So much praise has been poured out on Tree' sure Island that I tried to find something to carp at; and found precious little. The book remains sharp and swift as I remember it. SurprisinglY enough, however, since I left the nursery add went to sea myself, the topsail-schooner His- paniola--an unusual rig for the eighteenth century—has become a little fuzzy round the edges. This is a pity, as she used to be nlY favourite ship. Stevenson chose her because be thought himself unable to handle square-rig; but she never lies before us in one convincing piece. Her tonnage remains in doubt. She was big enough to carry thirty people or more to the Pacific. We have Captain Smollett's own word for it that she was splendid at sea; she `lay a point closer to the wind than a man has a right to expect of his own wife.' Yet later he anchors her in nine feet of water. A small, frivolous point, that one. But dare I say, in the teeth of the applauding generations, that 1 do not find Treasure Island, the physical patch of land itself, wholly in focus? We get glimpses that are superb; that sandy gash with the two-guinea piece lying in the middle of it, where the treasure had been, the fort and stockade, the glade where Silver murdered Toll so horribly. But the island as it stuck out of the *THE Swiss FAMILY ROBINSON. By Johann WYO. TREASURE ISLAND. By Robert Louis Stevenson. (Mae donald, 7s. 6d. each.) isea, the reason for it being there, and the re- lationship between the parts, escapes me even when I use the overrated chart. An island must be built, and have an organic structure, like a tooth.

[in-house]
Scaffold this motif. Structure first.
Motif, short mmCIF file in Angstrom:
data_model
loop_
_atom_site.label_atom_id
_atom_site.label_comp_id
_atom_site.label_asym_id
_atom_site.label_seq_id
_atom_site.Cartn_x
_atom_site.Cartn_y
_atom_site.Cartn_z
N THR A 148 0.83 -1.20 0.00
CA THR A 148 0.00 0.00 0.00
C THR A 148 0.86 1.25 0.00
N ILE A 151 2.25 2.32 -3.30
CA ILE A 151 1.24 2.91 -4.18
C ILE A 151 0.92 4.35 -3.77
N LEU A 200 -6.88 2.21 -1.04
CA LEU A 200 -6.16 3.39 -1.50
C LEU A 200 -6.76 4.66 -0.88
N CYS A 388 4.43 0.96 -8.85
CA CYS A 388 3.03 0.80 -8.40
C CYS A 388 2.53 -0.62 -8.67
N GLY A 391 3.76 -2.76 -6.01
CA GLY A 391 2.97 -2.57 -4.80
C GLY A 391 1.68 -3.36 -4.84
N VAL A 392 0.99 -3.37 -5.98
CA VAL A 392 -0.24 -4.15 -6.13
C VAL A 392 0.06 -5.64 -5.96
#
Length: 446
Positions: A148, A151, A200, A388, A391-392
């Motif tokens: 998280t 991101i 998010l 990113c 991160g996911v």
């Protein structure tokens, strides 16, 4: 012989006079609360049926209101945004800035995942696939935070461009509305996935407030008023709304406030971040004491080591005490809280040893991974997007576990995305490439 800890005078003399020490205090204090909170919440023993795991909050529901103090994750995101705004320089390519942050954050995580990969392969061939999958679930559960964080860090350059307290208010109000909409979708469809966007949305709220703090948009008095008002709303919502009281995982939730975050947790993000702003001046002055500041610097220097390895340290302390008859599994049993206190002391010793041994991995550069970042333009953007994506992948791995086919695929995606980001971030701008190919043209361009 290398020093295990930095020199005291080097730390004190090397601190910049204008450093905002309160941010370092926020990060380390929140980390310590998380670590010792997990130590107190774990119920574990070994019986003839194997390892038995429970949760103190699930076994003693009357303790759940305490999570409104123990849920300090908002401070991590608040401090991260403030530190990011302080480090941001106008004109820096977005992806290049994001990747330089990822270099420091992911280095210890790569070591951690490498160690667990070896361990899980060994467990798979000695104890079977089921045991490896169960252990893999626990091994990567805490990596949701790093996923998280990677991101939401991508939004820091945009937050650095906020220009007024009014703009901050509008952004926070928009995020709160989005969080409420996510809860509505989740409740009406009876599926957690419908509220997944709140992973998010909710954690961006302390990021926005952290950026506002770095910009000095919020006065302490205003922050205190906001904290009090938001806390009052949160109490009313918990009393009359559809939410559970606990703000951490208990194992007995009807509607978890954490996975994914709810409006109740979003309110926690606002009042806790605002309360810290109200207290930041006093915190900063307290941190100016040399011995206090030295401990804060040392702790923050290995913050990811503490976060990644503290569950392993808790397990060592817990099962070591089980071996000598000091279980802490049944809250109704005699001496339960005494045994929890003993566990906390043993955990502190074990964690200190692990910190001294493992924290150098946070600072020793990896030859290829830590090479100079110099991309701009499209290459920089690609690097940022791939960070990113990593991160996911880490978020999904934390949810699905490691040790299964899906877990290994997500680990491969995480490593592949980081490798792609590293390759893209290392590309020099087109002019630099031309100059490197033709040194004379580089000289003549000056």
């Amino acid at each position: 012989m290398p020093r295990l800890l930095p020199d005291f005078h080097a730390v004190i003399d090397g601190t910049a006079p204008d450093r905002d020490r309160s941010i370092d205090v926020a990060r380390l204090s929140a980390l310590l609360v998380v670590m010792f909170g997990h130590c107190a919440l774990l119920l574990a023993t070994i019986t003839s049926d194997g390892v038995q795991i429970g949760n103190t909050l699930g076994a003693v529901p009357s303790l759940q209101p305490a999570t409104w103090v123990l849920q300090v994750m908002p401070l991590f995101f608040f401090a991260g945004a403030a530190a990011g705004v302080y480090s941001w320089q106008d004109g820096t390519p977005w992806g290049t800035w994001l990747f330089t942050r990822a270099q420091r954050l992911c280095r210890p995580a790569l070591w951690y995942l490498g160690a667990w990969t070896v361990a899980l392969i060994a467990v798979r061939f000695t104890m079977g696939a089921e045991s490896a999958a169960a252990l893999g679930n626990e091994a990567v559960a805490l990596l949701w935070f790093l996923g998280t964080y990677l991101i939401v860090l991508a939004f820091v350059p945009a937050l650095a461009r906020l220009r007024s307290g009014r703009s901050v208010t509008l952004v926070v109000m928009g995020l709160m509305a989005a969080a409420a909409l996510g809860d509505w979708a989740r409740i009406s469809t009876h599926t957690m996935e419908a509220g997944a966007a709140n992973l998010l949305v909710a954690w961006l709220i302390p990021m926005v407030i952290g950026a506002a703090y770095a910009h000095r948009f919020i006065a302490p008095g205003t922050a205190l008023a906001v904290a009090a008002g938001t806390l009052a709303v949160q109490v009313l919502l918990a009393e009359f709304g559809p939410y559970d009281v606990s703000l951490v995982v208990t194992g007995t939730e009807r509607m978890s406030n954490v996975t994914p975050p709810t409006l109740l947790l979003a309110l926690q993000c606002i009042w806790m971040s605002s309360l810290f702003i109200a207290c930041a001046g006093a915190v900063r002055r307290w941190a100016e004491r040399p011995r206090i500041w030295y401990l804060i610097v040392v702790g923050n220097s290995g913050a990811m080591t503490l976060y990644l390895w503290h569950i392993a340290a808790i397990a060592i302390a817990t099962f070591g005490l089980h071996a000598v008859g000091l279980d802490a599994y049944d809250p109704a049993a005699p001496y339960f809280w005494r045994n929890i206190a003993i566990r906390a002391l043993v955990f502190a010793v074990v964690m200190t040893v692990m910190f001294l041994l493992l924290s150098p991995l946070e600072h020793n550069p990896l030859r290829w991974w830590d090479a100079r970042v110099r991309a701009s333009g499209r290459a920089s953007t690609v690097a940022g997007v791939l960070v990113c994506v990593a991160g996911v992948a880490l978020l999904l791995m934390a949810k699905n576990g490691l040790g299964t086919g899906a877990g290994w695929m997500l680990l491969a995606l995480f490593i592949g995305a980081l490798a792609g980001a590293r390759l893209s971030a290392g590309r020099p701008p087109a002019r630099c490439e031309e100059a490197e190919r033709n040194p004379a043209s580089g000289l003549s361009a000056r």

She my carping ends. It was 'Q' who first show—co,

the craftsmanship of the construction,

and how each episode is contributory yet drama- tically complete. I can find no better example than his. See -how Stevenson takes Jim out in the °41ole, puts him aboard the masterless schooner, embroils him with Israel Hands, gets him chased 1Q the crosstrees, and ends the episode with a 'nighty climax :